I've been looking for an answer to this question for some time, and I apologize in advance for my lack of general knowledge on the subject matter. I can't wrap my head around how we can have temperatures in a fusion reactor or high-energy density experiments without it creating some sort of catastrophe. How can these temperatures exist on Earth and not destroy everything within a thousand miles?
So first of all, in an experimental fusion nuclear reactor, even though the plasma reaches temperatures of millions of degrees, the amount of material at this temperature is very low, so that in case of the worst possible scenario, the heat will be absorbed by the reactor with not much problem. Also, when the hydrogen or gas in the reactor reaches high temperatures, the gas transforms to a plasma state, where each atom loses the electrons. This plasma contains both ions and electrons that they cannot recombine due to the high temperatures. Because the plasma is positively charged, with the help of magnetic and electric fields, the plasma can be contained at the center of the reactor, without touching the walls or any material, just vacuum with the plasma flowing through the center of the reactor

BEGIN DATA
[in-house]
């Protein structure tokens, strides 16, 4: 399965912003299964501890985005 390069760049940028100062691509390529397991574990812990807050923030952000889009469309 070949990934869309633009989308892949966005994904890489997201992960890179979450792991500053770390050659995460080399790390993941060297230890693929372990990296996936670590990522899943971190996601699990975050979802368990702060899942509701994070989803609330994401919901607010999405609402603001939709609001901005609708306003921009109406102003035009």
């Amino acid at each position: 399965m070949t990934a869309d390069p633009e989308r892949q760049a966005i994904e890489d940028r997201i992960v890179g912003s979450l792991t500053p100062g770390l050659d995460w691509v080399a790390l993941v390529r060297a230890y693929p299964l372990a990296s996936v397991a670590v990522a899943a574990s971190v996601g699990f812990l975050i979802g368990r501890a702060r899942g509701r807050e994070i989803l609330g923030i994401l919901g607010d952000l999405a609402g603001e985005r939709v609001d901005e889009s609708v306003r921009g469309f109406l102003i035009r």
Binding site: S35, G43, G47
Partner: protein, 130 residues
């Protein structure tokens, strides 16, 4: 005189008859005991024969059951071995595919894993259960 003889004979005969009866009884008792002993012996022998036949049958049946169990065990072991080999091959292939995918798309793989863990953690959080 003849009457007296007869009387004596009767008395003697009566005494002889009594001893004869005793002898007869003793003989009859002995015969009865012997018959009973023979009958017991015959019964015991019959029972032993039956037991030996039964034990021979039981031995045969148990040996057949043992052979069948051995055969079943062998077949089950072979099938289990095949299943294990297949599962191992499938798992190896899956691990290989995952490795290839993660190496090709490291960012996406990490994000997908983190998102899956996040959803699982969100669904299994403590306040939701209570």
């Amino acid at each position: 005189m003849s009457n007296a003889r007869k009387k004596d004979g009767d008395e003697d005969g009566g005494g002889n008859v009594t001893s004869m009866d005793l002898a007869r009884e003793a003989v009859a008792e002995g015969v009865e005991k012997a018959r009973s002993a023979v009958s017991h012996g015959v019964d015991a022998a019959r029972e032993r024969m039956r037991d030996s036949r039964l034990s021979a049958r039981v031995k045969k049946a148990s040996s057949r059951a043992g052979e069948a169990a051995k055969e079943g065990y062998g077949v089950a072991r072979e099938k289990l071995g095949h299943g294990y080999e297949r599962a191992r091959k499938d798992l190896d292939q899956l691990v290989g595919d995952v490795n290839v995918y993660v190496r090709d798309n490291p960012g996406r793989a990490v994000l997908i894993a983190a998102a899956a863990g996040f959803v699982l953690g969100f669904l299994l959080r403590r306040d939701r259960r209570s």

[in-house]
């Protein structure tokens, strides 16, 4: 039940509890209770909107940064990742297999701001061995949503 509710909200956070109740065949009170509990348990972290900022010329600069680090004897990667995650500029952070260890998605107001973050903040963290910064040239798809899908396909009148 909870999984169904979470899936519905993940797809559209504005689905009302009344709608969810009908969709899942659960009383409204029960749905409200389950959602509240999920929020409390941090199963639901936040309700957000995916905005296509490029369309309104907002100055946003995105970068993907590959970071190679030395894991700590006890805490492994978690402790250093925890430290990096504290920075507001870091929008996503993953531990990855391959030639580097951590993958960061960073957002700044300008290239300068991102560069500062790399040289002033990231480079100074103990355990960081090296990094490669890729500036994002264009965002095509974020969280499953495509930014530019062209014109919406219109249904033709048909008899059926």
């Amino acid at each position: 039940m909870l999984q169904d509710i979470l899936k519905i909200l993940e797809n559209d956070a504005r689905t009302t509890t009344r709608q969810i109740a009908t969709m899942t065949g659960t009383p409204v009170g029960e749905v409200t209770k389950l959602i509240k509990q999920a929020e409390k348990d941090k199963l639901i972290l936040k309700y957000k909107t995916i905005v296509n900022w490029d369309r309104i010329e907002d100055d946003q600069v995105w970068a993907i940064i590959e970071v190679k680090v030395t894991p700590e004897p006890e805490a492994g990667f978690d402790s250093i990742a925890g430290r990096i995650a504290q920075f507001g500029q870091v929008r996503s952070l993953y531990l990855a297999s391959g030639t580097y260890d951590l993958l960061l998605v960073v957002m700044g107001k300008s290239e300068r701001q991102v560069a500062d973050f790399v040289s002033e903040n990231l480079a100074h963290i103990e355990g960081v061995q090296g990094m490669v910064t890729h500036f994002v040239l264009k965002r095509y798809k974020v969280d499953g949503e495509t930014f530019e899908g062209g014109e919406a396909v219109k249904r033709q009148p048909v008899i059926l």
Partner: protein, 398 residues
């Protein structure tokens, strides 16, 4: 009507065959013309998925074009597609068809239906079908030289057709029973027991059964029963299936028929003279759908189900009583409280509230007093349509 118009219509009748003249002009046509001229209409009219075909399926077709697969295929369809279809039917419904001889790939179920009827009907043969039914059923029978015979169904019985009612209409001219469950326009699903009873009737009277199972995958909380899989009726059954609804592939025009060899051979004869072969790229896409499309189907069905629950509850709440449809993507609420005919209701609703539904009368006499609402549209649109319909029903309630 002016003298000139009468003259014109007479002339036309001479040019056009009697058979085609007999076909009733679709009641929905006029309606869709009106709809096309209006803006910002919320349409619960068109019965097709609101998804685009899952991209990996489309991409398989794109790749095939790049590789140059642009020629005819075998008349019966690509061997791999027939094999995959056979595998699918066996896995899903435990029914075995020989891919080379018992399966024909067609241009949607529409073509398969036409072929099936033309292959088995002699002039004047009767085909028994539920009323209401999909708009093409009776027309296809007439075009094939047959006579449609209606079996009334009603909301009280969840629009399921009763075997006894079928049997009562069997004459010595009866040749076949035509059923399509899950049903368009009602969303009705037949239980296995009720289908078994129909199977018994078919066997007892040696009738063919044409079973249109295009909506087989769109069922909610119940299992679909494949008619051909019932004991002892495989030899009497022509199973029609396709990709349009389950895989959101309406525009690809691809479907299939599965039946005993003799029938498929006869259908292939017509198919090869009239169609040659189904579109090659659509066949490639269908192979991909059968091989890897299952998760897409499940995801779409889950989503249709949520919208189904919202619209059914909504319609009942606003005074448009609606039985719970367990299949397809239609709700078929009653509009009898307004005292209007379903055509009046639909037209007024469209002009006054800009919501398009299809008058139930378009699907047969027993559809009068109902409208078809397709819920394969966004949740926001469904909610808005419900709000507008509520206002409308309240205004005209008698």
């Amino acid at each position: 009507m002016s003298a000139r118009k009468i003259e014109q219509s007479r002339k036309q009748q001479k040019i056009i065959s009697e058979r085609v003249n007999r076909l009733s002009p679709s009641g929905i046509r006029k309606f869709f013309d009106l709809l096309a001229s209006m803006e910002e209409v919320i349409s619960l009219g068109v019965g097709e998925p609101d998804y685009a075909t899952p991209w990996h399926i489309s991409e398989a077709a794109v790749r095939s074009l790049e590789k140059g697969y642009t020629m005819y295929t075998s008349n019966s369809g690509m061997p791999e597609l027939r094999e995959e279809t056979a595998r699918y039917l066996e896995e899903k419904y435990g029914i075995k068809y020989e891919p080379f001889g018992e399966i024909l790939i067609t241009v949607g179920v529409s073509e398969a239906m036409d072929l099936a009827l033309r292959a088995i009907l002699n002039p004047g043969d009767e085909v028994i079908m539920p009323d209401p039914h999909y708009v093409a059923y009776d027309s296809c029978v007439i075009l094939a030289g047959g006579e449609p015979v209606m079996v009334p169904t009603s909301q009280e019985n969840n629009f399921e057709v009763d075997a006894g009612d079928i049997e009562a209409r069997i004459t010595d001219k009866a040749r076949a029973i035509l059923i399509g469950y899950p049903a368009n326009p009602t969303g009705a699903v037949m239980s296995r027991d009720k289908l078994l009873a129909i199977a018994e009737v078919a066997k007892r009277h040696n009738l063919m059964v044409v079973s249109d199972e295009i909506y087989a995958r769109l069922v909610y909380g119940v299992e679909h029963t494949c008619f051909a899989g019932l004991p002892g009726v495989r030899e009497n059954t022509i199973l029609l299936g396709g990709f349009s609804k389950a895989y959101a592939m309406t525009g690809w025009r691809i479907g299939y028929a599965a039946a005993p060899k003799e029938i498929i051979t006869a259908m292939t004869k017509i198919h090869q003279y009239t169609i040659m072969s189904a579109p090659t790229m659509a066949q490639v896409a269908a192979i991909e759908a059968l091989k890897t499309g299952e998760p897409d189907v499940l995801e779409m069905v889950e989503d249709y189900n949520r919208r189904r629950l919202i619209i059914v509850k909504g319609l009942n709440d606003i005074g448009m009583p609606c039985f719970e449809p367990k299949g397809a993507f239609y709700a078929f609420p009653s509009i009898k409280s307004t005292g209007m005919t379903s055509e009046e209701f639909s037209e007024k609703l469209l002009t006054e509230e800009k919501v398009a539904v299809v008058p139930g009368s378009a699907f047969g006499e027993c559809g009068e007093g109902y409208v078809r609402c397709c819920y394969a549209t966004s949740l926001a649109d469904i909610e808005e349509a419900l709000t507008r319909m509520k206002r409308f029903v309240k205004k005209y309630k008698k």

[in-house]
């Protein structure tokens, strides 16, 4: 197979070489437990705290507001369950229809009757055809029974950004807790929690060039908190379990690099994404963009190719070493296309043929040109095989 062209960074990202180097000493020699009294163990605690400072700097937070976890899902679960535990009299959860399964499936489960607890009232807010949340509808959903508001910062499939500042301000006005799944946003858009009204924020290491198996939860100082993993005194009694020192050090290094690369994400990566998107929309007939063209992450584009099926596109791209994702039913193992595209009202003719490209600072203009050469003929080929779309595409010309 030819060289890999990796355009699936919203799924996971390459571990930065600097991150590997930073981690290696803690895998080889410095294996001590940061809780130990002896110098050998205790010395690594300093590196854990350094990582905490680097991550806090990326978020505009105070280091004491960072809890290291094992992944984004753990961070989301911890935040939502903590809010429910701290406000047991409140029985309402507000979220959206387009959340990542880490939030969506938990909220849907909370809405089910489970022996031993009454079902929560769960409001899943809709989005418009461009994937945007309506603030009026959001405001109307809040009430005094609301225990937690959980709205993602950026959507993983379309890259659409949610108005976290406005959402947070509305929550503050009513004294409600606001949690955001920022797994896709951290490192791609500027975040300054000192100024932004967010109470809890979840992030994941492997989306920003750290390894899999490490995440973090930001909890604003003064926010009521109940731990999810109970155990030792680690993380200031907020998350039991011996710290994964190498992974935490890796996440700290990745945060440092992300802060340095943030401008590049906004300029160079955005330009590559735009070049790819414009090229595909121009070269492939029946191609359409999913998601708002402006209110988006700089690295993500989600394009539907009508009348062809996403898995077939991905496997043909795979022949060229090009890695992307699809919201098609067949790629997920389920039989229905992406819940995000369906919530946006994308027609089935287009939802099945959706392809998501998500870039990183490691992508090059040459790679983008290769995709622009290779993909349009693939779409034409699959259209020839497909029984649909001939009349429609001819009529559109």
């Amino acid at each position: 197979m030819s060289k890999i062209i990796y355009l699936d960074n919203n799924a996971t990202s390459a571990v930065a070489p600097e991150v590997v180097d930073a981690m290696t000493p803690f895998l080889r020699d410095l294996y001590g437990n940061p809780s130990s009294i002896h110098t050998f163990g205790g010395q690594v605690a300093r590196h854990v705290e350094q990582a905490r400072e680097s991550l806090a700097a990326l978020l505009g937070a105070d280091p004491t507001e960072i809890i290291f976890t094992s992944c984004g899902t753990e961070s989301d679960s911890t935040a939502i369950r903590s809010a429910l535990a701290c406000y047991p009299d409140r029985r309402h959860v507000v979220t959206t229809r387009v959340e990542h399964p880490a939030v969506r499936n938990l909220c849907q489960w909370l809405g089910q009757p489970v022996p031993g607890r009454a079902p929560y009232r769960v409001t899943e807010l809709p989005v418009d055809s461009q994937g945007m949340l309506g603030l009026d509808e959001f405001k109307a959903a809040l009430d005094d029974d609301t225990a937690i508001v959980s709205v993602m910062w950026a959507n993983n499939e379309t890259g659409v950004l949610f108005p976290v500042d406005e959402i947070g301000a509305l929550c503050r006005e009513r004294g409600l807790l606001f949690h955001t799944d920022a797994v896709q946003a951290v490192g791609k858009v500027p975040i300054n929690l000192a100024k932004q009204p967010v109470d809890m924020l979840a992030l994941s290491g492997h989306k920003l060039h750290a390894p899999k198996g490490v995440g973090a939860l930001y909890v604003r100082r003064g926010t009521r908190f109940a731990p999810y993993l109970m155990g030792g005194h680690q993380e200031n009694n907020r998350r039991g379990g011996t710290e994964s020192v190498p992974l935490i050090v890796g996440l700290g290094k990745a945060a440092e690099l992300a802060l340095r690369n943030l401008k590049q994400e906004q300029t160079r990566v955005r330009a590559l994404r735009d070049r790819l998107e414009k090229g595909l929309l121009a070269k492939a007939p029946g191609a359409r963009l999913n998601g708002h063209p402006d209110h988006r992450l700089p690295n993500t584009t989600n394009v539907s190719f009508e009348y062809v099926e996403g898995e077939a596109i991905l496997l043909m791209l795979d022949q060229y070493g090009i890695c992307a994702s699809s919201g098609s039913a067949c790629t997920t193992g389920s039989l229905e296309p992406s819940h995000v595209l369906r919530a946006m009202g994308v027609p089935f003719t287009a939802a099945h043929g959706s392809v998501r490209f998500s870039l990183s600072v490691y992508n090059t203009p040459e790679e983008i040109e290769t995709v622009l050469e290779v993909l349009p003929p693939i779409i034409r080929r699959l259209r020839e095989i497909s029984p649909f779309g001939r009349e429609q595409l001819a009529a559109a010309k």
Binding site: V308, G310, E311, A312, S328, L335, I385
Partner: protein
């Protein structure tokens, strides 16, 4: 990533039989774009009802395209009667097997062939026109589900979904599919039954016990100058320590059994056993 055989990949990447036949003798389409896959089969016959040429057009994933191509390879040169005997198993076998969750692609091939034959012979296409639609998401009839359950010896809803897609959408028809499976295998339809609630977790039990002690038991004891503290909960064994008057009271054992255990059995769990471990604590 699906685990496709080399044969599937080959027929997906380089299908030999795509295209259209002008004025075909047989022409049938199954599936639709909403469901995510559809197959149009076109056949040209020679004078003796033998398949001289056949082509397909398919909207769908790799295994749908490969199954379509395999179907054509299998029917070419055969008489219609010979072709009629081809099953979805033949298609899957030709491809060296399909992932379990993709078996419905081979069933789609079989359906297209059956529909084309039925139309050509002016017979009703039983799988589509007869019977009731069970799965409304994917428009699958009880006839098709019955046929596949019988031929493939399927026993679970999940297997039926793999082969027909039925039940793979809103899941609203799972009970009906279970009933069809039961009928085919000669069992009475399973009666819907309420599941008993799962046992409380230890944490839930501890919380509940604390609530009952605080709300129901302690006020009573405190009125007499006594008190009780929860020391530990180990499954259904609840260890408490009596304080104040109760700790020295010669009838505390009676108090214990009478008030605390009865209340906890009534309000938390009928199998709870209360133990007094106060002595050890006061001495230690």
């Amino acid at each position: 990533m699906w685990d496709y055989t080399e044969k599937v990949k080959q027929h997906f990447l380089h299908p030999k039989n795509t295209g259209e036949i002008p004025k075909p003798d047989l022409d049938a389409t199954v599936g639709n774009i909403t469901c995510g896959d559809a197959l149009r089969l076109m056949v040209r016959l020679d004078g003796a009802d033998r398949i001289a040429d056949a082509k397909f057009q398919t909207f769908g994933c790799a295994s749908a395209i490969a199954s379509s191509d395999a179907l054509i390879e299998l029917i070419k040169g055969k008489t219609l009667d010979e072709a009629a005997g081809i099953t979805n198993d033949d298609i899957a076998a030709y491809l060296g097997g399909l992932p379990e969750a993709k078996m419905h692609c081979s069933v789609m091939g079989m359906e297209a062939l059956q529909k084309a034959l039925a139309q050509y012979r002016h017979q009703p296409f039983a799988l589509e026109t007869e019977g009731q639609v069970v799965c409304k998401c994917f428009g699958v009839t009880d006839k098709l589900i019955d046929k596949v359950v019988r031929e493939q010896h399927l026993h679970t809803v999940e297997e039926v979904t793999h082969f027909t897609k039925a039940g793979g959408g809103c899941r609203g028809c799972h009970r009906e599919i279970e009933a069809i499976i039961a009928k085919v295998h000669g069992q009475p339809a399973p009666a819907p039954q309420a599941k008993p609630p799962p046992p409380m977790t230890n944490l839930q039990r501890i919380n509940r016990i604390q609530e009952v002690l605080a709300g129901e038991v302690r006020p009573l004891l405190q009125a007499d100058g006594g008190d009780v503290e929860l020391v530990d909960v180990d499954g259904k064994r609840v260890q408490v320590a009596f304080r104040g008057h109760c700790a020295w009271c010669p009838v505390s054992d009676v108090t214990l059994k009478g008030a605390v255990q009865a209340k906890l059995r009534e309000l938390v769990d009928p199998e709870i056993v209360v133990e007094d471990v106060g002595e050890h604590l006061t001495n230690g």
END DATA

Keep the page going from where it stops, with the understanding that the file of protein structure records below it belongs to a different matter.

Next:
High temperatures do not by themselves mean highly destructive. Temperature is simply a statistical parameter for a population of molecules. If that population is relatively small (and the amounts of the plasma in question are small compared to everyday, kitchen-cooking-recipe amounts of molecules), then their total energy and destructive power can still be small.
Moreover, not everything of high temperature transfers its potentially destructive energy to its surroundings with the same efficiency. High speed gas or plasma molecules don't tend to transfer much of their energy to solid containers when they collide; the effect is rather like an elastic collision between a small body and a very massive one - negligible energy gets transferred to the latter. Plasmas tend to be like highly diffuse gases. Energy coupling between high temperature solids is much swifter - you could poke your head for a few seconds into a flask of air at 500C and as long as you didn't breathe in, your face would simply feel slightly singed. In contrast, if you firmly grasp an iron rod at 200C for even a fraction of a second, you're going to need to urgently visit the local burns unit at your hospital with deep burns that may even cost you your hand.